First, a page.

Variety in making 'every learner count'

Back in March, I attended the JISC 2009 conference, aptly entitled Opening Digital Doors. It was one of those mega events, where you spotted people across the hall, but got caught up in the melee before you could speak to them. That said, I quite liked the informal nature of the drop in demos in the foyer, even managing to find out what QR codes really are, courtesy of Andy Ramsden.

The morning session I sat in on showcased three projects that had trialled very different approaches to using technology to improve student motivation and retention, all under the theme of "Every Learner Counts".

Nicola Whitton described how alternate reality games (ARG) had been used for supporting University student induction, one of the key stages in retaining students. The Argosi project setup urban challenges, and other "purposeful activities" for meeting people and working together, which wasn't necessarily around going to pubs! There was also mention of an ARG framework/toolkit for supporting student induction, which presumably will be released soon.

Hesan Yousif talked about the SPLASH project (student personal learning and social homepages). SPLASH is essentially a social software portal, where academic information is juxtaposed alongside local information and student generated content, with students deciding what they want on their own homepage. Like an iGoogle for students at Sussex. This is an initiative I'd looked at before, as we have done some other work on the potential of web2.0 portals for learners in the NHS. Great to see a working version, and Hesan gave us some interesting anecdotes to how students are using it. He highlighted how blogs had facilitated a sense of community on campus - topics covered experiences of life on campus, student union engagement, politics, photos, etc. He also noted that staff had picked up on the facility, suggesting they might like a similar resource.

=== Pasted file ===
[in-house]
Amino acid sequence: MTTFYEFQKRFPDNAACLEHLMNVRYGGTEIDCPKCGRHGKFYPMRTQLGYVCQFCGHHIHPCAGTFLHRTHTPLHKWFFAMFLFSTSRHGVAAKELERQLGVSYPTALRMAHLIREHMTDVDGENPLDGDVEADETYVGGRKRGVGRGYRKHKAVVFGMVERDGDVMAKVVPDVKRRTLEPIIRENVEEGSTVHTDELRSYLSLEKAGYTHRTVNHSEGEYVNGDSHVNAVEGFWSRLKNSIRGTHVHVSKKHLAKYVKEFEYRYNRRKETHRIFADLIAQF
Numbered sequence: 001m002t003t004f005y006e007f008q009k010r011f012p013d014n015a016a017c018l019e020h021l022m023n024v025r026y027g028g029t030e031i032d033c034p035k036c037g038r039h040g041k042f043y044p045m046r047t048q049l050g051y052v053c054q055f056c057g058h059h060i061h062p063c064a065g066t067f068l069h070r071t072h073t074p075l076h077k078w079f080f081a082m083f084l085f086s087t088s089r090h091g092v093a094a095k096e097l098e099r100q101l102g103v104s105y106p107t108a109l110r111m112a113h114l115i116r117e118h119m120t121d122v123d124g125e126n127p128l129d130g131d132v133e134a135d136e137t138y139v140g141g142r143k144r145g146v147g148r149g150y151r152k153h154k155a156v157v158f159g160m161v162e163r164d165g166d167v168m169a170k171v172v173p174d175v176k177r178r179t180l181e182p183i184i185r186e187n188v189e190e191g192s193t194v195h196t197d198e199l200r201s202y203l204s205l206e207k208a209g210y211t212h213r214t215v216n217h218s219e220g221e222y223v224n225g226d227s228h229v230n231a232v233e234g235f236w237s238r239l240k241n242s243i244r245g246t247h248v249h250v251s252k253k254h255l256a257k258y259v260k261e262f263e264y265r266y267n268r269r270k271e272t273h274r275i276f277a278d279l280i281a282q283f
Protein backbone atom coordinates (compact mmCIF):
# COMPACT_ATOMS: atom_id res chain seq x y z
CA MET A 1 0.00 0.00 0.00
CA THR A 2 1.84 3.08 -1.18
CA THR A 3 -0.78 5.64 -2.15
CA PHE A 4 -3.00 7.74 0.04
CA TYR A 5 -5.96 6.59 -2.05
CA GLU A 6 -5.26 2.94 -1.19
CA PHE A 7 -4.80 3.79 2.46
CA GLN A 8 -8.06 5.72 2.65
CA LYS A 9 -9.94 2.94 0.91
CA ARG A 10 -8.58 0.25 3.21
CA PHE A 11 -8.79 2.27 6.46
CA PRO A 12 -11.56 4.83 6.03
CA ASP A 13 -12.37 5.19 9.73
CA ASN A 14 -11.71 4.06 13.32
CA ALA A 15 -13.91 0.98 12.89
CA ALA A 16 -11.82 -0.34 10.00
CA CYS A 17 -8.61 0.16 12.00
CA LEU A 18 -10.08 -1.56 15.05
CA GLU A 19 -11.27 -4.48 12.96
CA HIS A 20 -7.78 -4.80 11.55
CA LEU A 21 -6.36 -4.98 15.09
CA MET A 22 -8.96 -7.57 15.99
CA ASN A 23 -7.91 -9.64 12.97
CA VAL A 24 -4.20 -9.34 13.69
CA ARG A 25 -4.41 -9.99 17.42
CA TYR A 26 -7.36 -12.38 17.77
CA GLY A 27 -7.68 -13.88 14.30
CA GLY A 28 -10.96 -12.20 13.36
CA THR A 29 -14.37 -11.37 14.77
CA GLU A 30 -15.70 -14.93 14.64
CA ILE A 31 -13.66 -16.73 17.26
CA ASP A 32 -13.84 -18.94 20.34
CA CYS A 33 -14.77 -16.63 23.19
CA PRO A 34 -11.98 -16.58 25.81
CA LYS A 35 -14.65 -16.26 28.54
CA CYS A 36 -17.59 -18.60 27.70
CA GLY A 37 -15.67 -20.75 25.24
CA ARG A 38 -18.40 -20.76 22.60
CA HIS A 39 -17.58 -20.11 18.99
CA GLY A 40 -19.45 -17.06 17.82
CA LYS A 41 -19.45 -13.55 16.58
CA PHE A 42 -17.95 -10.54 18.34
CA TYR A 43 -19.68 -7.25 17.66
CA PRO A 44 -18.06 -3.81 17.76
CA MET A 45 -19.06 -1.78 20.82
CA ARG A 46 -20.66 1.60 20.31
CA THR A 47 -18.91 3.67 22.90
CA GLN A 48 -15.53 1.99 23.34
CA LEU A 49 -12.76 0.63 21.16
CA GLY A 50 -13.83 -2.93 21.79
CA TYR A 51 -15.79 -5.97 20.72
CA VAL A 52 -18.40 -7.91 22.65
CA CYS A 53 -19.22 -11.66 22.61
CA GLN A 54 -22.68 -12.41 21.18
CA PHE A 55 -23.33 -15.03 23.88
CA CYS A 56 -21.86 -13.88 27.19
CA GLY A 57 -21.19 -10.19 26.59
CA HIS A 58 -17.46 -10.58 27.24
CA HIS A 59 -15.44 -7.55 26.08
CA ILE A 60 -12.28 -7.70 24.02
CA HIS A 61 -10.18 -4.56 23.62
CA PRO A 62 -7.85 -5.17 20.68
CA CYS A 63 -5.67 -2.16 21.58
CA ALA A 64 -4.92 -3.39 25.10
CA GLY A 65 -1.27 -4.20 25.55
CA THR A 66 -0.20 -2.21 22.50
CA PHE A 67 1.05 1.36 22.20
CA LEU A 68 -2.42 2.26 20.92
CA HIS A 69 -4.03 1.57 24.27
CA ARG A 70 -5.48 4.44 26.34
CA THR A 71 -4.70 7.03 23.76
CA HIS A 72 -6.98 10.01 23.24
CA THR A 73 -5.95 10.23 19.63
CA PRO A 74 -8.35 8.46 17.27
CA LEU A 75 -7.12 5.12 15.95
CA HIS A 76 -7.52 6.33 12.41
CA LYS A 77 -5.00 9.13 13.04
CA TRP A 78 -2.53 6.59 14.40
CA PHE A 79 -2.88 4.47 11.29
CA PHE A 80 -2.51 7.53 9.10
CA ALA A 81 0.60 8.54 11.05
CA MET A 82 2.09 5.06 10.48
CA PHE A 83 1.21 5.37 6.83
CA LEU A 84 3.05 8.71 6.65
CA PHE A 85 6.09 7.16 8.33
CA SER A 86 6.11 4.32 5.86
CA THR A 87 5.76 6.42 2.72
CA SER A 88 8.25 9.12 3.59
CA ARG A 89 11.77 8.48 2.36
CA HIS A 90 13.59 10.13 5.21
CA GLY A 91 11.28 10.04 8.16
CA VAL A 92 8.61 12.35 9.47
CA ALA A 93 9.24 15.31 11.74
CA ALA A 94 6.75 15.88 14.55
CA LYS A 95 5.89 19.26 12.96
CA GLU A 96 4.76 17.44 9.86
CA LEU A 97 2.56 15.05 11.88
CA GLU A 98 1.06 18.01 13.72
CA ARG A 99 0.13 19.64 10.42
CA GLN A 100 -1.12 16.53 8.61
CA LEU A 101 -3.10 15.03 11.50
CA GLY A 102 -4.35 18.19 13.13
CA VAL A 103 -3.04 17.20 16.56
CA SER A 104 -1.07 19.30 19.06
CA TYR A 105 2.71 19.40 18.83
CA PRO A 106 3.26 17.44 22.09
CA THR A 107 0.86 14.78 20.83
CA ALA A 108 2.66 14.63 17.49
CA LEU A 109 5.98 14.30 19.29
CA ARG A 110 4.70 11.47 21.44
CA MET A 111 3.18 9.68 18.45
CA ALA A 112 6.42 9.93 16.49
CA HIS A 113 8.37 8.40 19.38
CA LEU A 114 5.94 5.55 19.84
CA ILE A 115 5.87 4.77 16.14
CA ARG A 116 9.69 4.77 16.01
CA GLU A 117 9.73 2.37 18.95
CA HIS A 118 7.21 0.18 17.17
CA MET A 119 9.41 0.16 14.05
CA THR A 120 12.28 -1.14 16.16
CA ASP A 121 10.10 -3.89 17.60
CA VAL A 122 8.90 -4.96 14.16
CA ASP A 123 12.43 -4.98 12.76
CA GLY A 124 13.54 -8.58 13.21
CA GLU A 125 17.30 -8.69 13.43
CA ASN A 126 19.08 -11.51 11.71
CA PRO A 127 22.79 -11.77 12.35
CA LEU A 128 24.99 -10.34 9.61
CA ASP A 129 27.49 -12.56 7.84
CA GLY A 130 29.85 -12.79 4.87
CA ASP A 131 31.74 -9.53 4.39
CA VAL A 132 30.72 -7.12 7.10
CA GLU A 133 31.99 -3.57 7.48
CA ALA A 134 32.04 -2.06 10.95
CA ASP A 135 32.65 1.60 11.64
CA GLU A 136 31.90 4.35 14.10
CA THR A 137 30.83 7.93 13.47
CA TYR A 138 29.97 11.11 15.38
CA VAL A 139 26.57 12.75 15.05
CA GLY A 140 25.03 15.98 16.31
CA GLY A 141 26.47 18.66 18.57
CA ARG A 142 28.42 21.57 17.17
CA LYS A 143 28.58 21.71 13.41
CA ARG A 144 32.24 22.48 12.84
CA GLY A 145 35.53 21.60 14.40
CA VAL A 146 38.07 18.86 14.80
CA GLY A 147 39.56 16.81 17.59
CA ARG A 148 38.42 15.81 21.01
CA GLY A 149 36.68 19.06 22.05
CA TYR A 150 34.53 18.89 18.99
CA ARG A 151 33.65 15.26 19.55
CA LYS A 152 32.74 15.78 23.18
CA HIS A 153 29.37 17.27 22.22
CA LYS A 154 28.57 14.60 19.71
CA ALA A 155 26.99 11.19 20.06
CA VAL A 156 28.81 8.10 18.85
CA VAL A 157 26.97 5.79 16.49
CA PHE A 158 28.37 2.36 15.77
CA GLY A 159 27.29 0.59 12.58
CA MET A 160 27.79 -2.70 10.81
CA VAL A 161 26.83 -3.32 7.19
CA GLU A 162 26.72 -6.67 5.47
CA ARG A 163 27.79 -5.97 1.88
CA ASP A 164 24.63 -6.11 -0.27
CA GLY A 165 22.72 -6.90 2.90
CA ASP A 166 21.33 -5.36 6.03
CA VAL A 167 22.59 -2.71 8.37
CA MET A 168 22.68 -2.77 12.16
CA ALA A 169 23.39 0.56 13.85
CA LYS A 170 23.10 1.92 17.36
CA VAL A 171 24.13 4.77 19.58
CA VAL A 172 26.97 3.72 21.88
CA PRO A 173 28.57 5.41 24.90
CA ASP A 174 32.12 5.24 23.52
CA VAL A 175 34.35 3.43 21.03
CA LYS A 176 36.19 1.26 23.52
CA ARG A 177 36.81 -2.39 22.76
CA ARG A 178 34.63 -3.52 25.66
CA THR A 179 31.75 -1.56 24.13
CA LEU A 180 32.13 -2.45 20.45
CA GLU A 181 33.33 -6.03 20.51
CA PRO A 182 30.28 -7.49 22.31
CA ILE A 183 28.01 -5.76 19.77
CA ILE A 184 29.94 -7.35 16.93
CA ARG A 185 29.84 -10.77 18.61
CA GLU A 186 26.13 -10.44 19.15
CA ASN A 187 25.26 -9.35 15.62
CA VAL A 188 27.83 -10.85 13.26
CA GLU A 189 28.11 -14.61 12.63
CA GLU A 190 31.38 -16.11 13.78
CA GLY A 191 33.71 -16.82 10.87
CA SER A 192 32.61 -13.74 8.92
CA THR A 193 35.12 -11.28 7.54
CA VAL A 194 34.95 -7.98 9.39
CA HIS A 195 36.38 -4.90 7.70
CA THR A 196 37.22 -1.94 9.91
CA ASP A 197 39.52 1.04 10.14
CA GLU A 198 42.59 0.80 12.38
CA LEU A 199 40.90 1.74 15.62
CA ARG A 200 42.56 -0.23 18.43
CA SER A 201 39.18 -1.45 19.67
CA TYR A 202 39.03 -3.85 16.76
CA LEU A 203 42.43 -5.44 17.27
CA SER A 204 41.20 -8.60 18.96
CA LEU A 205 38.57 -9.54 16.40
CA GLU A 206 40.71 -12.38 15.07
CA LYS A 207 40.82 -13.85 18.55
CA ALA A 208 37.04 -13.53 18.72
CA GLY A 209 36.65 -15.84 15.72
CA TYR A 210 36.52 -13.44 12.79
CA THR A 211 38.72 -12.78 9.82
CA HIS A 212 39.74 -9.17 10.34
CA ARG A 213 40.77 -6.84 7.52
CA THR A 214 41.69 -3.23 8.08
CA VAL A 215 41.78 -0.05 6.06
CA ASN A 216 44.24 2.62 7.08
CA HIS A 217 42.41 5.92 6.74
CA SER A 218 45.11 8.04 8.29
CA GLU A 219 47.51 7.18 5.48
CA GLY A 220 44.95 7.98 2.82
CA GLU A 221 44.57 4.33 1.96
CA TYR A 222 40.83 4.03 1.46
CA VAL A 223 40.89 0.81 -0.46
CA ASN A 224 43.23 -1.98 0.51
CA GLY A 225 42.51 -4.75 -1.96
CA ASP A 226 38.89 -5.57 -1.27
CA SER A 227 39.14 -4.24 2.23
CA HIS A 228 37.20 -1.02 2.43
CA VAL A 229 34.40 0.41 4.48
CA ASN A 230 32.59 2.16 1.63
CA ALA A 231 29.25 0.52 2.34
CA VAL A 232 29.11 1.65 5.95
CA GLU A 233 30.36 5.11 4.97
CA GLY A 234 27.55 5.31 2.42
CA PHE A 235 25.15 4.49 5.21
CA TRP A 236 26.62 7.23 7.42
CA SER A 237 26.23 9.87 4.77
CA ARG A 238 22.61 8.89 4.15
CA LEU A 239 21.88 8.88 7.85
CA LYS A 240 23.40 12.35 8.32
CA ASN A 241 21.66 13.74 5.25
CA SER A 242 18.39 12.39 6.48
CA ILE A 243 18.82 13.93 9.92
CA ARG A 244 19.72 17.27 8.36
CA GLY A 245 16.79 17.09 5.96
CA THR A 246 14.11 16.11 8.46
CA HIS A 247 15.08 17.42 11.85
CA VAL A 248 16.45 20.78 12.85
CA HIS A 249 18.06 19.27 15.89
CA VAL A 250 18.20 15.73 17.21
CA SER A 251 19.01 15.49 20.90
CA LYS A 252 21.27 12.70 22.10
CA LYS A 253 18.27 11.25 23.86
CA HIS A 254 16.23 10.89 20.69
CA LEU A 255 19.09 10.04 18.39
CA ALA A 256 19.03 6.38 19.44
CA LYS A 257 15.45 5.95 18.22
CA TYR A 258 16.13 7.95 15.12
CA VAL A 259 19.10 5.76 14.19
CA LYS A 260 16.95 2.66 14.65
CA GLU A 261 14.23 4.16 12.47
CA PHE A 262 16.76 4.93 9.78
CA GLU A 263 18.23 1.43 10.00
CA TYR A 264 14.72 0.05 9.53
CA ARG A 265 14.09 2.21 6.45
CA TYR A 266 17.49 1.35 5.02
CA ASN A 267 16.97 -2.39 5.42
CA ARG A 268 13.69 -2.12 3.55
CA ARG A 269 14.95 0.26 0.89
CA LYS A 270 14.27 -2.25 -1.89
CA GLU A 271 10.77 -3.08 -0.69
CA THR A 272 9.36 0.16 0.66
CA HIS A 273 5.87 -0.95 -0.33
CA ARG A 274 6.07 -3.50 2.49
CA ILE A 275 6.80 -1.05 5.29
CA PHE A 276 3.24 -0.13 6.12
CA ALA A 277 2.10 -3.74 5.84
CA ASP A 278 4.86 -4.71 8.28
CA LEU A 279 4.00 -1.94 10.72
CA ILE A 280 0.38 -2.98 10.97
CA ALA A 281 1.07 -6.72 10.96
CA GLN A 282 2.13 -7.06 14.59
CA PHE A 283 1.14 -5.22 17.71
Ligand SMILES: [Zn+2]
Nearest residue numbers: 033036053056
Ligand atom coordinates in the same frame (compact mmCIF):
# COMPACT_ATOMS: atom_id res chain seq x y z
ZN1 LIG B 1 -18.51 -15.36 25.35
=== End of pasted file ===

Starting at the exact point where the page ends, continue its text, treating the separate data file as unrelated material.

Finally, Lucy Stone from Leicester College described the outcomes from the WoLF project (Workbased Learners in Further Education). On the JISC website this is billed as Pocket PCs to support portfolio development by work-based learners in FE, not such a good acronym but perhaps a better description. This project was focused on teaching assistants in early years settings, many with years of experience, but all subject to the strong governmental driver for minimum qualifications for education workers. As they are only in college four hours a week, every minute (as well as every learner) counts. Also key was keeping in contact with learners. Hence learners were given PDAs, and Moodle was set up as a platform for sharing (see the WoLF site, which also contains much of the project outputs, including this literature review of workbased mobile learning). As all students and tutors were new to moodle, there was an induction session. Given the time issue, it was essential that this was purposeful in relation to the course, and those tutors who really engaged with the concept saw this as well as the value of induction. Benefits could be seen in the use of a reflective journal within moodle, which meant that tutors could gauge student skills earlier than the standard model of course submission. This also enabled students to receive rapid feedback very early on in process.

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